Sat, 15 May 2004

Markdown, Two Months Later

I never consciously planned to do it, but two months after trying Markdownfor the first time, I find I'm using it for substanially all of my web-based writing.

I never consciously planned to do it, but two months after trying Markdown for the first time, I find I’m using it for substanially all of my web-based writing. I’d played around with other human-centered web markup formats before (WikiText, Textile, etc.), but with every one I always found myself having to unlearn too much HTML markup to feel efficient. Markdown succeeds, for me, in a few crucial ways where the others always failed.

  1. Simple passthrough of HTML markup - the parser doesn’t strip HTML it doesn’t know how to handle itself. This is crucial.
  2. Fits into my workflow. I do 90% of my writing in 3 programs: SubEthaEdit, Apple Mail, and in Safari textfields. Markdown works as a service, so I can invoke it with a keystroke in each of these places.
  3. “Feels” familiar. Since Markdown uses email-style conventions for things like bulleted lists, text emphasis, and footnoted links, and I’ve been writing emails for 20 years, I never feel like I’m trying to shoehorn my writing into something new or unfamiliar.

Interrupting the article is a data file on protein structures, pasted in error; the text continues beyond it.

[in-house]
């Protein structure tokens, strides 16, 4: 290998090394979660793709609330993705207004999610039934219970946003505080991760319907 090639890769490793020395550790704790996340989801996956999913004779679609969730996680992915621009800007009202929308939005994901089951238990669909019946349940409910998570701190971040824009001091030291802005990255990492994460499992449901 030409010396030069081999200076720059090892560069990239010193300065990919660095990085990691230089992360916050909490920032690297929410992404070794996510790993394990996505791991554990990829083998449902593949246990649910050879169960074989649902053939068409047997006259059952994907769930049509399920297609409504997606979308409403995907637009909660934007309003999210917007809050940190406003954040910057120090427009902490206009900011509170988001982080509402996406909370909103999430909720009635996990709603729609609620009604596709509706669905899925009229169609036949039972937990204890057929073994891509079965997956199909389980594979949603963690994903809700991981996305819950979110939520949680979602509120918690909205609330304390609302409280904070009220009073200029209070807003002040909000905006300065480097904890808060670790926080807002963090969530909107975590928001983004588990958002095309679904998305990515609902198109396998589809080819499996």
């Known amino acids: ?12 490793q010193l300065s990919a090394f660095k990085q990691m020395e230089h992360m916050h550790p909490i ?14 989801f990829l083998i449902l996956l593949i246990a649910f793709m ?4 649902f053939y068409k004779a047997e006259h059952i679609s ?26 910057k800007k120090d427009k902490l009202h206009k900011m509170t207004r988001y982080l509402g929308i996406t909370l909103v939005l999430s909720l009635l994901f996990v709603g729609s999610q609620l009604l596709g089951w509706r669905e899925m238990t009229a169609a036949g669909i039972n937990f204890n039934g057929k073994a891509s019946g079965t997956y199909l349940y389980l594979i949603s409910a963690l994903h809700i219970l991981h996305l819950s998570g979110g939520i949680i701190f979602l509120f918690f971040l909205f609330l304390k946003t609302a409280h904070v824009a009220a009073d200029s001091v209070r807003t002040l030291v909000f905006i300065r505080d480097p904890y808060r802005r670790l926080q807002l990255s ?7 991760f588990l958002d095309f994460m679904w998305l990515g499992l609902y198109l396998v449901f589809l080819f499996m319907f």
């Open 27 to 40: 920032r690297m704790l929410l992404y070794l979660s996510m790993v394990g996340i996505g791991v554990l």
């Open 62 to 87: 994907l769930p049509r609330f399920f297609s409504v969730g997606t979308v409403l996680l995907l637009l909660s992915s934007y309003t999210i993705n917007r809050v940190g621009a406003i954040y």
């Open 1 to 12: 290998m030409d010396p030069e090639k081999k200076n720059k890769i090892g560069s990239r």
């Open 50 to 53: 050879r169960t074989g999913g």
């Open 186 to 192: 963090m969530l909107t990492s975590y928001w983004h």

I’m not storing my blog text in Markdown’s syntax. I’m writing in Markdown, then running the finished text through the parser, rendering it to HTML and filtering it through Tidy. Still, I find I’m producing substantially stupid-free (i.e. no open or improperly nested tags) text faster than I ever did writing my posts in raw HTML.

:: 14:24
:: /tech/computers/os/all/applications | [+]
::Comments (0)

Name:
E-mail:
URL:
Comment:
The Magic Word:
The two elements in water are hydrogen and ______




If I’m over the hill, why is it I don’t recall ever being on top?
— Jerry Muscha